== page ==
3. The authorities are cognizant of the challenges that lie ahead and broadly agree with the staff’s assessment on the Indonesian economy. The authorities’ top priority is to sustain the growth momentum without compromising stability, while improving the quality of growth.

Monetary policy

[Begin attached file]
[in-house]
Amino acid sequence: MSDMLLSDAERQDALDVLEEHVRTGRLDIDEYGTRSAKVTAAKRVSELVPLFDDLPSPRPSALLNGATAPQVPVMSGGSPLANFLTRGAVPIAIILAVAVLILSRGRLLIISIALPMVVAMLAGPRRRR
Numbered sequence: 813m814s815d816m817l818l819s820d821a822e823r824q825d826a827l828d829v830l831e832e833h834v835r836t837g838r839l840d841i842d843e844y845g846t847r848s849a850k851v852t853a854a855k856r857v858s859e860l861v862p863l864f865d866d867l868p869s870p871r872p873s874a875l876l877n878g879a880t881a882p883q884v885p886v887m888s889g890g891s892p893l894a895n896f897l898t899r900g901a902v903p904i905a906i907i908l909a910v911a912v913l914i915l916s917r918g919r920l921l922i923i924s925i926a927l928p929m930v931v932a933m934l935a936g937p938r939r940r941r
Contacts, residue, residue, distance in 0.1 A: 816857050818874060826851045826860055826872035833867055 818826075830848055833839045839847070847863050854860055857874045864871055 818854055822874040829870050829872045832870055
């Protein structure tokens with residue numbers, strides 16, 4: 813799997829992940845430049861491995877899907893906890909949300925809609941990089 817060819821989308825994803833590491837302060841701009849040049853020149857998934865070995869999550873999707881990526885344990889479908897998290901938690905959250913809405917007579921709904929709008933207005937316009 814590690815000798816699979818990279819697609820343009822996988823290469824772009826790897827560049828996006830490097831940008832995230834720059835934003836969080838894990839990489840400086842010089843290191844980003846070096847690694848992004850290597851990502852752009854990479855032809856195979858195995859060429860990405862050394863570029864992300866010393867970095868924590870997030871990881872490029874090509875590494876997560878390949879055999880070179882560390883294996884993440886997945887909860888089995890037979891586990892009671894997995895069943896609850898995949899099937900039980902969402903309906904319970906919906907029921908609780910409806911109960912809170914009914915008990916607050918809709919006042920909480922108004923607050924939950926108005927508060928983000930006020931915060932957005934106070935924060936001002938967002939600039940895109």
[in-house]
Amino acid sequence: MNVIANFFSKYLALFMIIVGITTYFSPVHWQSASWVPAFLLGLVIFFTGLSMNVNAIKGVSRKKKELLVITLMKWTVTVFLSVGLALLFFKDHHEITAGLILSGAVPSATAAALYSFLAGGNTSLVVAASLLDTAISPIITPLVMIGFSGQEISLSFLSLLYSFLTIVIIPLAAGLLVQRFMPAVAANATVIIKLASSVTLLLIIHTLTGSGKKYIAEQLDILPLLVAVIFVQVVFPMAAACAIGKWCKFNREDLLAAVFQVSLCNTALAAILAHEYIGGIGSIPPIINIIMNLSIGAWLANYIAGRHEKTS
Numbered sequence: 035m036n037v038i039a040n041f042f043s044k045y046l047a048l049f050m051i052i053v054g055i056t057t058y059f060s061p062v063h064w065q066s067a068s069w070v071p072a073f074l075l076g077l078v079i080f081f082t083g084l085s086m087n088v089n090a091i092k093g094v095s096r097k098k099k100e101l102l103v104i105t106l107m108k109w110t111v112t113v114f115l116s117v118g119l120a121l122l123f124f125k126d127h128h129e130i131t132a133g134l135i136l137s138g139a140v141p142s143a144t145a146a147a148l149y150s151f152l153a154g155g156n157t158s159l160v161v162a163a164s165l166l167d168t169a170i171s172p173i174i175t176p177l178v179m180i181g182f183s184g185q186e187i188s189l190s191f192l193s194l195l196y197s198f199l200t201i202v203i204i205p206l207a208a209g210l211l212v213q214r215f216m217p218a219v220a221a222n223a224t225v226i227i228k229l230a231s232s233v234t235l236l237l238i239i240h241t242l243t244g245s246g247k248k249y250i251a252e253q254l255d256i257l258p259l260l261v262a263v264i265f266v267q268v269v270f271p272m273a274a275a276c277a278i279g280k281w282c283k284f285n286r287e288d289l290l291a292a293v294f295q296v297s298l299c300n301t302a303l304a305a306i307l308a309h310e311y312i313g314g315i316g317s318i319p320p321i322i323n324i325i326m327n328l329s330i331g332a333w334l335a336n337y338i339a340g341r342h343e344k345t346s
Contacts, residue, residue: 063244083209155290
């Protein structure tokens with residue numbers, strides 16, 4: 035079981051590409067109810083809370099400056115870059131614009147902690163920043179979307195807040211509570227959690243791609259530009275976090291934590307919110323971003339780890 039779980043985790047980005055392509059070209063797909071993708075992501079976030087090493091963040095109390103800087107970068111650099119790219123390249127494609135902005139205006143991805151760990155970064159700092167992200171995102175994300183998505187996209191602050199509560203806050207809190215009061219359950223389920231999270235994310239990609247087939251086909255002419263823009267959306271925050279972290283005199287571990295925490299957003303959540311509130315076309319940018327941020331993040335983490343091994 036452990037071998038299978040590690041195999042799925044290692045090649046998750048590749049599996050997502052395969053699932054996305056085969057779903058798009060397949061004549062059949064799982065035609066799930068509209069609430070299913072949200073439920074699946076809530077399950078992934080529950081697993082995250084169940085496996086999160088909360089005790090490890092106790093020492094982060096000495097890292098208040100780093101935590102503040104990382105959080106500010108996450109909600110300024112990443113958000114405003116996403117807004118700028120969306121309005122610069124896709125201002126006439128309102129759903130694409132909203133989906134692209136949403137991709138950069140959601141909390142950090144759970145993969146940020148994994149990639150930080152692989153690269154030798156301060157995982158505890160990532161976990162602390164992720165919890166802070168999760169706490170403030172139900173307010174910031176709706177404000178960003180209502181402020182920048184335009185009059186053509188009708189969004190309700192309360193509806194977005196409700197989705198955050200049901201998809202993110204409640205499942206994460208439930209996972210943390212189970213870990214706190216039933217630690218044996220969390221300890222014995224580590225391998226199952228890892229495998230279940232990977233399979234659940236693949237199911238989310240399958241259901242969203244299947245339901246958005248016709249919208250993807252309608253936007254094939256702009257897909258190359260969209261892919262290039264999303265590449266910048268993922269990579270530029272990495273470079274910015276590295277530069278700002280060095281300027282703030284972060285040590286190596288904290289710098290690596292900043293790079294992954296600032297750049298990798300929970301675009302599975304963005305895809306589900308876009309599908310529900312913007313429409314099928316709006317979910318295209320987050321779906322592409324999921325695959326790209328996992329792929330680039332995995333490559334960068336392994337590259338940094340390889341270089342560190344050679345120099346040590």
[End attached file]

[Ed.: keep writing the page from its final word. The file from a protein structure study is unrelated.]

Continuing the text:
4. The objective of monetary policy is always to achieve and safeguard price stability. The policy responses toward inflationary pressures would need to be assessed carefully in view of the uncertainties in the global economy, massive capital inflows and the possibility of capital reversal, as well as gaps in market development. The policy rate remains a part of the policy tool-kit to maintain macroeconomic and financial stability, in addition to other monetary and macro-prudential policies, including continued efforts to strengthen monetary policy operation and promote financial deepening. While authorities acknowledge the possibility of higher inflation pressures in 20121, two important factors should be taken into consideration in formulating policy responses to inflation going forward. First, any adjustment in administered prices should be viewed as a one-time and temporary shock. Second, authorities are also concerned over the possibility of a more pronounced global economic slowdown, hence less pressure from commodity and oil price. Due to these two considerations, the authorities will focus their attention to limit any second-round effects of this adjustment to headline inflation. Authorities have successfully demonstrated their ability to achieve this during the episode of food price increase in 2010.